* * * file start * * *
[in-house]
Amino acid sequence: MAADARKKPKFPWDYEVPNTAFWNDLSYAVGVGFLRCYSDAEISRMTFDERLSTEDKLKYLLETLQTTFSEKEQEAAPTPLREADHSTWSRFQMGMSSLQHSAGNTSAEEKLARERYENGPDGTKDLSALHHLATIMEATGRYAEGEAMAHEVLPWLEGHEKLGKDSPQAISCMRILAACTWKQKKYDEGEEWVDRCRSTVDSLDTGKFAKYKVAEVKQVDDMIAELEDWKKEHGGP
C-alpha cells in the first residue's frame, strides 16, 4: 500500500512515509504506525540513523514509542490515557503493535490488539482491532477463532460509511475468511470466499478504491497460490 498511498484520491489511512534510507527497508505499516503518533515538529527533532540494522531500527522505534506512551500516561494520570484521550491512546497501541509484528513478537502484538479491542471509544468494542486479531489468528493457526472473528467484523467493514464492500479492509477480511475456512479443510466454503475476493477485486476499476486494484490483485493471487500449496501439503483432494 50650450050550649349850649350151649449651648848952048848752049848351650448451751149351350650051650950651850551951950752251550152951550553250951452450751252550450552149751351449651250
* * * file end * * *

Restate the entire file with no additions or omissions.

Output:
[in-house]
Amino acid sequence: MAADARKKPKFPWDYEVPNTAFWNDLSYAVGVGFLRCYSDAEISRMTFDERLSTEDKLKYLLETLQTTFSEKEQEAAPTPLREADHSTWSRFQMGMSSLQHSAGNTSAEEKLARERYENGPDGTKDLSALHHLATIMEATGRYAEGEAMAHEVLPWLEGHEKLGKDSPQAISCMRILAACTWKQKKYDEGEEWVDRCRSTVDSLDTGKFAKYKVAEVKQVDDMIAELEDWKKEHGGP
C-alpha cells in the first residue's frame, strides 16, 4: 500500500512515509504506525540513523514509542490515557503493535490488539482491532477463532460509511475468511470466499478504491497460490 498511498484520491489511512534510507527497508505499516503518533515538529527533532540494522531500527522505534506512551500516561494520570484521550491512546497501541509484528513478537502484538479491542471509544468494542486479531489468528493457526472473528467484523467493514464492500479492509477480511475456512479443510466454503475476493477485486476499476486494484490483485493471487500449496501439503483432494 50650450050550649349850649350151649449651648848952048848752049848351650448451751149351350650051650950651850551951950752251550152951550553250951452450751252550450552149751351449651250